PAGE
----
But as you point out, the cost savings never panned out to the extent that they thought it would. That's precisely the reason that they're not "as profitable" as they should be.

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Friday, December 18, 2009 3:56 PM

Sure, but Apollo's financial backing takes the debt window out of the equation---they have the cash to ride it out. That leaves a positive cash-flow situation under current management, which can be spun back out after the debt is retired and consumer sentiment (along with the broader market) has recovered, for a very handsome profit.

At least, that's one way to play it. Think of Apollo as a well-financed holding company, nothing more.

In any event, I'm pretty sure Kinzel isn't just wishing when he's talking about an exit date---he's one of the people who has been negotiating with Apollo.

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Friday, December 18, 2009 5:49 PM

Yeah, I understand what you're saying, but that's only good for Apollo, not good for the current owners, the unit holders.

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Friday, December 18, 2009 6:19 PM

Depends on the alternative.

If Cedar Fair, without the financial backing of Apollo or someone like it, can't cover or defer its debt in the near term, then you'll end up with zip in a bankruptcy. If they can cover or defer, then the future is a lot more promising.

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Friday, December 18, 2009 6:56 PM

Feedback they are getting from the debt markets must be pretty bad. Otherwise, why would you sell to the first person offering a slight premium over current prices who has lending commitments in hand.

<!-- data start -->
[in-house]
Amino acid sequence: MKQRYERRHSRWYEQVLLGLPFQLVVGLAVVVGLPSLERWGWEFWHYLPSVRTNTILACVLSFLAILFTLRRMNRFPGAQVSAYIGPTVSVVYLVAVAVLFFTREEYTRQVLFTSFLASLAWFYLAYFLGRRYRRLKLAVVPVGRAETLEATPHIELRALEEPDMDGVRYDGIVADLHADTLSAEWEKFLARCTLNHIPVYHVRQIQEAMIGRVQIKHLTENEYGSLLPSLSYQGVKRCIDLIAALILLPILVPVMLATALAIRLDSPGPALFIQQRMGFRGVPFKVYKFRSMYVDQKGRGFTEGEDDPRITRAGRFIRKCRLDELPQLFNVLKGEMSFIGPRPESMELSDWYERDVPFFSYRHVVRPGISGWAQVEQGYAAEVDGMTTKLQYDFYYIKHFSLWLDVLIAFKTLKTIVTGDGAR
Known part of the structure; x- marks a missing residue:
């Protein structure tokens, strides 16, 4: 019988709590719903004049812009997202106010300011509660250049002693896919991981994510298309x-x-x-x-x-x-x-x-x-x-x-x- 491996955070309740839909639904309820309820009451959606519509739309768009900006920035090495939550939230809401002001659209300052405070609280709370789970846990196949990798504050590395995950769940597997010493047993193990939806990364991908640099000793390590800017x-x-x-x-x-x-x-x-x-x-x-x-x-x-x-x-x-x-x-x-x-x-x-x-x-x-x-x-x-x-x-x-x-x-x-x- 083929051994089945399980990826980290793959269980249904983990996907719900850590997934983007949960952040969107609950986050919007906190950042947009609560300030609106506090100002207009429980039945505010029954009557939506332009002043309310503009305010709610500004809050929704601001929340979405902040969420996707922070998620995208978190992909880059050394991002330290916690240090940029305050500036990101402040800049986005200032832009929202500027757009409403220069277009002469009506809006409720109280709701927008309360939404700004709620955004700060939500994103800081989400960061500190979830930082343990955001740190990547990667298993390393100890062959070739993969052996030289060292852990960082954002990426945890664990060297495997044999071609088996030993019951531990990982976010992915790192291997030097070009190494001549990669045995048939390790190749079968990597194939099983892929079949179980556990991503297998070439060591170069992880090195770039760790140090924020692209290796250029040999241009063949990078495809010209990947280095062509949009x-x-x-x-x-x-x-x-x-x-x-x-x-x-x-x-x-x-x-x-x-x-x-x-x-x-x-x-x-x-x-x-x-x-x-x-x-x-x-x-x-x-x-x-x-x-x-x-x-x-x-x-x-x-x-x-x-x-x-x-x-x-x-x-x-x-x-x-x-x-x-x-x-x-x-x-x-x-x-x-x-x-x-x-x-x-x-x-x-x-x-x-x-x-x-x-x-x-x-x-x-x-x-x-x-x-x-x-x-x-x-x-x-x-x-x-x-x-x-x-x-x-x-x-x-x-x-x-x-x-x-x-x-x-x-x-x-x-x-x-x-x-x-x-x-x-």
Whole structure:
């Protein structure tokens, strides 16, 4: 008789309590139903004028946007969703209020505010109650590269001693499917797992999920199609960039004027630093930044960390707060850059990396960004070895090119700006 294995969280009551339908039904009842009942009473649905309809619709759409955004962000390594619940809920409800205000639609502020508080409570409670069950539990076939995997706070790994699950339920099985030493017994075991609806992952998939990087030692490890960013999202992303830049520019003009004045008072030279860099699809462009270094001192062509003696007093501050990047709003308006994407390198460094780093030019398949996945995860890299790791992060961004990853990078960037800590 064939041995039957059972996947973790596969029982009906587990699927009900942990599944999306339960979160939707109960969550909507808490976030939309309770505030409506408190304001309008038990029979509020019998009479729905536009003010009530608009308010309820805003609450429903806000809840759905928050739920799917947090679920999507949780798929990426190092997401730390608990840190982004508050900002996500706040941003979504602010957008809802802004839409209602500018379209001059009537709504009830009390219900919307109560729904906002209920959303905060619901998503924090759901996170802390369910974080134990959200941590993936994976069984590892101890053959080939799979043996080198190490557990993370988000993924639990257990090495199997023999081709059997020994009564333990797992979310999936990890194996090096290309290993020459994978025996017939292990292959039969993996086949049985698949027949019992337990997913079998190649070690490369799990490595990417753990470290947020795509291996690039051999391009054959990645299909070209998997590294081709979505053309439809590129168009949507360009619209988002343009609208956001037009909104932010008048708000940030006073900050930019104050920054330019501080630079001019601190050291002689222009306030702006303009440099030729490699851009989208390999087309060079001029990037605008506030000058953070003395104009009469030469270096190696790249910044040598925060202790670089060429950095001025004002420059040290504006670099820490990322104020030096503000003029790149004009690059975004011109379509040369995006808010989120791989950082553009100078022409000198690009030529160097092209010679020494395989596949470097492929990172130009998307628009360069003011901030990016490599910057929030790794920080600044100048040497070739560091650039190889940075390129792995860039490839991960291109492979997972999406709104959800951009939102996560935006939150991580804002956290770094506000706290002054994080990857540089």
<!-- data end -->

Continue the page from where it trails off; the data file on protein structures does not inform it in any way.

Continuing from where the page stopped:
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Friday, December 18, 2009 10:02 PM

But Brian, if the company was doing the right things in the first place, we wouldn't be in this position... that's what I keep coming back to.

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Saturday, December 19, 2009 12:53 AM

I was reading the actual 8-K filing with the SEC, and I thought it was interesting to note the "Termination Rights". From how I read it, if the agreement was to be terminated by Cedar Fair, Cedar Fair would have to pay a $19 million termination fee to Apollo, or if it was terminated in pursuance of a better offer from another company, a penalty of $11 million. Does this mean that if that if the unit holders do not vote to accept the sale, the termination penalty would kick in?

Here's the actual 8-K:
http://sec.gov/Archives/edgar/data/811532/000090951809000914/mm12-1709_8k.htm

Last edited by Fun, Saturday, December 19, 2009 12:54 AM
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Saturday, December 19, 2009 12:56 AM

Oh and for further reading, the entire merger agreement is outlined here:

http://sec.gov/Archives/edgar/data/811532/000090951809000914/mm12-1...ke0201.htm